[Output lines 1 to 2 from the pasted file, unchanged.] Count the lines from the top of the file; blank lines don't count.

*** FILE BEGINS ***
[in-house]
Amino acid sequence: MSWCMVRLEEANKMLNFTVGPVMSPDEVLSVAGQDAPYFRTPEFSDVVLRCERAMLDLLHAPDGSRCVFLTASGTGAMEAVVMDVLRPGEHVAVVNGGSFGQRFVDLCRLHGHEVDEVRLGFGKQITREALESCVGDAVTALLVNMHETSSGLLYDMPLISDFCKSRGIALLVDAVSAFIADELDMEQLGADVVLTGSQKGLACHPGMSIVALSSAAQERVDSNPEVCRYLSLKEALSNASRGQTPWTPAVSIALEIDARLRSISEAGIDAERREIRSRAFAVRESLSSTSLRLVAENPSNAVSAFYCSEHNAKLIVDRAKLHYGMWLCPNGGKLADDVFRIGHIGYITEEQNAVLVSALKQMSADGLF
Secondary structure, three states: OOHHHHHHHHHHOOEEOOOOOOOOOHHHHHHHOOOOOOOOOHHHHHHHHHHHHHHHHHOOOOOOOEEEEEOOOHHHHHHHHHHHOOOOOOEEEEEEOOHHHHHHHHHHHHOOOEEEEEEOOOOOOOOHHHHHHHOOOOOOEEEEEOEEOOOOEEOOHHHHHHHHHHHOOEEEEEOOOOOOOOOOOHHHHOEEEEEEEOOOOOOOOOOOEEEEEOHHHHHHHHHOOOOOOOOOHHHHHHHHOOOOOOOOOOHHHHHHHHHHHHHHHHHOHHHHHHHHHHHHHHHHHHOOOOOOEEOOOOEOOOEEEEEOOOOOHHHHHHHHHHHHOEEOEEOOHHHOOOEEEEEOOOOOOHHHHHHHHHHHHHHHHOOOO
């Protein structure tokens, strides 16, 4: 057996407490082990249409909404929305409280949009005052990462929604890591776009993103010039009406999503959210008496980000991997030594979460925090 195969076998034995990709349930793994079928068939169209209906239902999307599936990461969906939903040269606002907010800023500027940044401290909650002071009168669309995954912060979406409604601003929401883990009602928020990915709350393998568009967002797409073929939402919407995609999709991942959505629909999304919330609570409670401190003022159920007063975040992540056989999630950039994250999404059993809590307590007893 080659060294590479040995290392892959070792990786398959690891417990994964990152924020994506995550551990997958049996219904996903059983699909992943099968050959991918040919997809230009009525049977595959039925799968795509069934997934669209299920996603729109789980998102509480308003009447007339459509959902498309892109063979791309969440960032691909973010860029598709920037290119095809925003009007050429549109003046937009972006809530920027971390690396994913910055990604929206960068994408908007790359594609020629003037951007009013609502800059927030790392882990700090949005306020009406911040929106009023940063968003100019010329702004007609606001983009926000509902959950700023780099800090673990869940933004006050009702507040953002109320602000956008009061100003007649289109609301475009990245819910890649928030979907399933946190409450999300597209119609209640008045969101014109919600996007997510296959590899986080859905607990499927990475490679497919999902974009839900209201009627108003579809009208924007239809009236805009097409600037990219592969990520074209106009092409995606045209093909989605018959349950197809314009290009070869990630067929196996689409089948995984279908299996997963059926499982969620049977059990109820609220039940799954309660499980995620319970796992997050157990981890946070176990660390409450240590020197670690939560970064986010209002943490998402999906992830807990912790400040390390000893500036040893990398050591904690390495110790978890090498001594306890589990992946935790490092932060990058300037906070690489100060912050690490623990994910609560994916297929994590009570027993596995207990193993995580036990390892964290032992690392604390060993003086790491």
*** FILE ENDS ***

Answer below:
[in-house]
Amino acid sequence: MSWCMVRLEEANKMLNFTVGPVMSPDEVLSVAGQDAPYFRTPEFSDVVLRCERAMLDLLHAPDGSRCVFLTASGTGAMEAVVMDVLRPGEHVAVVNGGSFGQRFVDLCRLHGHEVDEVRLGFGKQITREALESCVGDAVTALLVNMHETSSGLLYDMPLISDFCKSRGIALLVDAVSAFIADELDMEQLGADVVLTGSQKGLACHPGMSIVALSSAAQERVDSNPEVCRYLSLKEALSNASRGQTPWTPAVSIALEIDARLRSISEAGIDAERREIRSRAFAVRESLSSTSLRLVAENPSNAVSAFYCSEHNAKLIVDRAKLHYGMWLCPNGGKLADDVFRIGHIGYITEEQNAVLVSALKQMSADGLF